When I read my friend Aubrey's blog post, Friendly Soju Bottles, I felt an immediate need to write a post of my own, Soju and Me. This was in part because just a few days previously I had posed for a picture with a friendly soju bottle, and partly because I disagreed with her about the gender of soju. Aubrey wrote a rather long comment on my post, which you may have missed. And so I offer to you her comment, together with my responses.
I love that you responded like that to my blog! But I also disagree. Firstly, I did get a picture with the soju bottle (we just have to figure out how to get it off her phone); he made Jen and I give him kisses on his cheeks.
Ah, yes. The picture. I am still waiting to see the picture, not that I have any doubt that this encounter happened.
Note the use of "he." Because soju is a he.
(1) The smell is of paint thinner or some sort of industrial strength solvent. It's so primal and manly, like a guy who's out in his garage.
I would like to apologize to all of our female readers out there who are capable of fixing cars and doing other "manly" things. True, men are more likely to be engaged in this sort of activity, but it is hardly definitive of "male". I'm not sure how I feel about the link between "primal" and "manly", but I'll leave that alone for now.
(2) Soju strong arms itself into a relationship, showing up at every meal and in every sort of juice. He's pushy. Not in a whiny sort of way, but rather one that assumes there's already a depth of relationship and he's entitled to you.
Once again, I would like to apologize to our female readers who happen to not be whiny. I am sure that Aubrey did not intend to imply that "whiny" is strictly a female characteristic. I have found that my male students are every bit as likely to whine as my female students. And it is not my experience that "pushy" is a strictly female trait, for that matter.
I also disagree with the characterization of soju strong arming itself into relationships (which is, incidentally, not an exclusively male behavior). If you go to an establishment in which soju is available, you will know. There are posters, perhaps a calendar. The menu may have pictures of a soju bottle, for our illiterate friends. Attractive packaging. Does that sound more male or female? But it is not automatically served anywhere. Not even in places that specialize in soju and the foods that are served with it. You still have to ask for it.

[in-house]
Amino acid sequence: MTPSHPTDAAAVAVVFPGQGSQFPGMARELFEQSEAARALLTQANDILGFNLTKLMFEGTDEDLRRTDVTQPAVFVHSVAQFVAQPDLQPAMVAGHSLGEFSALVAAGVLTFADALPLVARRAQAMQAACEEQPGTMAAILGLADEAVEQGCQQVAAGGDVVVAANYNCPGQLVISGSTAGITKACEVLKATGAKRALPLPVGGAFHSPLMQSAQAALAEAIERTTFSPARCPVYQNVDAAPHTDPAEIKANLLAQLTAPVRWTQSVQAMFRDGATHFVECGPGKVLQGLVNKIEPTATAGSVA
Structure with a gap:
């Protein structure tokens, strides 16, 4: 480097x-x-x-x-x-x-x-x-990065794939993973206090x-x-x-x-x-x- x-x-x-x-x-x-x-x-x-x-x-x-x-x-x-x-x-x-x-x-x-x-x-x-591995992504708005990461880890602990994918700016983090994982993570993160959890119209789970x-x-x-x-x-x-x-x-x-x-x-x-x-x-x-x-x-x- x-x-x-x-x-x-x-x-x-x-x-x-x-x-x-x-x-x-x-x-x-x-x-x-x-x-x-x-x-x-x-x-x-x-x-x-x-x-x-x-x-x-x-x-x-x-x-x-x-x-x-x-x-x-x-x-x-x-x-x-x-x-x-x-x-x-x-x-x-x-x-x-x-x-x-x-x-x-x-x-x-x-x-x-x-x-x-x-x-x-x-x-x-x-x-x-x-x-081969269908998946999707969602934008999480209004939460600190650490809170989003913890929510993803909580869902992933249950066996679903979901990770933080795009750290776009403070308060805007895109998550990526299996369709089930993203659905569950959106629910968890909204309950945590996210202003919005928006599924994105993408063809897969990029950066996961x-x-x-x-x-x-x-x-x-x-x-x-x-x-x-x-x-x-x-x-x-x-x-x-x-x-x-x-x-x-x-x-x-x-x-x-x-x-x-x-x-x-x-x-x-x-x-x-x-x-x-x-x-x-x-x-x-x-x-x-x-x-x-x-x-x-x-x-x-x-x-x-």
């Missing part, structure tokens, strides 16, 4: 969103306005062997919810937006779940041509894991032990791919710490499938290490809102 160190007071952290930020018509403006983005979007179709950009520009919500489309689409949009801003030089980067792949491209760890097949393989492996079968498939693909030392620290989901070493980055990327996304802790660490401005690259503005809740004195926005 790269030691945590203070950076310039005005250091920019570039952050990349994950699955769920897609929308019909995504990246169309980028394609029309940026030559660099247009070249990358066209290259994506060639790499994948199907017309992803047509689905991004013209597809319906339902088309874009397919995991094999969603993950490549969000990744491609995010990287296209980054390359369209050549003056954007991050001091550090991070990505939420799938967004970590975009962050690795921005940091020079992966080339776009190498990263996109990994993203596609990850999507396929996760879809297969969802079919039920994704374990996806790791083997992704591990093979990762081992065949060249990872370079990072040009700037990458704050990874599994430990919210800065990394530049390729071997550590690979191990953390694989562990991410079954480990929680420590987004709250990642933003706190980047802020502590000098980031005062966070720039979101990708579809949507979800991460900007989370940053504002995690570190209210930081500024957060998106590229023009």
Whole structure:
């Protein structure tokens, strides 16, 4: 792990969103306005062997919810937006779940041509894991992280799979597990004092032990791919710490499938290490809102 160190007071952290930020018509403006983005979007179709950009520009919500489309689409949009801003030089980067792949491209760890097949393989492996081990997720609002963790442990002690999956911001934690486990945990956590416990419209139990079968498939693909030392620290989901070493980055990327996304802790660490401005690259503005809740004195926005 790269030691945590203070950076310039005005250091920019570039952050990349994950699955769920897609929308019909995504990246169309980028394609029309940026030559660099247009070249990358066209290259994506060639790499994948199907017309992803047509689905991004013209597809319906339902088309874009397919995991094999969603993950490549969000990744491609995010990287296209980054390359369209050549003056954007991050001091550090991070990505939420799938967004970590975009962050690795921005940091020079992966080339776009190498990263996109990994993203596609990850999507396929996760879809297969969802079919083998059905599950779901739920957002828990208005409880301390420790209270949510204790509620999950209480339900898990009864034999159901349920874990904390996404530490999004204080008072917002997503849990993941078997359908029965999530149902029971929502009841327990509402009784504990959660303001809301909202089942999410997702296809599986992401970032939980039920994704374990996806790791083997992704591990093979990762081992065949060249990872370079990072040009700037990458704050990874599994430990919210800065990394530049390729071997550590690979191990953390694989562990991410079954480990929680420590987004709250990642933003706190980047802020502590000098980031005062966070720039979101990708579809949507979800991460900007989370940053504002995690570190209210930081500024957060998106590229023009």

It is not water. If you want water, all you have to do is ask. If you want soju, you must be willing to pay the price. Perhaps I am taking my turn at playing the stereotype card, but this sounds female to me.
(3) All Korean men will put their arms around each other. But they don't kiss, at least not in public. Our soju bottle demanded kisses from the ladies. Sorry Rob, but soju is definitely male.
You don't see men and women kissing in public, either (here in Korea, that is). Does that mean that they don't? (That's some kind of odd logic pretzel there, isn't it?) And just to clarify, was it a kiss on the cheek, or a kiss on the lips? Because cheek kissing man-to-man and woman-to-woman is very continental. Perhaps soju is going for the international flavor?
OK, I know that I'm grasping at straws on this point, but I refuse to give up the battle. The fact is, you didn't mention the kiss in your original blog post, so I'm kind of winging it. I did not attempt to kiss my soju bottle, and neither did she attempt to kiss me. I just assumed that she noticed my wedding ring.
I think that your misconception comes in part from the association soju has with its bottle. Like most bottles, it is somewhat... longer than it is wide. However, soju, however closely associated with the bottles it comes in, simply is not the bottle it comes in. And so, with tongue firmly in cheek, I take my last shot, fully aware that Horyon may cause me physical harm after reading this:
Soju is served in short glasses. Beer is served in tall glasses.
Korean women are generally short. Korean men are generally tall (compared to their women).
Here are some more things to consider:
1. Anthropomorphizing is foolish. Why do we let soju goad us on like this?
2. My arguments are more poetic than yours.
3. Makeup. Look at the soju picture in my post. Are those eyebrows the untamed growth of the male, or the finely sculpted, mostly painted on decoration of the female?
5. Fashion. Look at the shoes on that soju bottles. Granted, in American culture they would indicate a clown, but in Korea they are definitely girly shoes.
However, in the end none of these factors matter as much as this:
6. Perhaps soju can be all things to all people, invalidating both of our arguments. Is it possible that soju is the RuPaul of Korean alcoholic beverages?
Is it possible that I need more sleep?
Tune in next week for the answers to these, and other questions. Same Bat-time, same Bat-channel.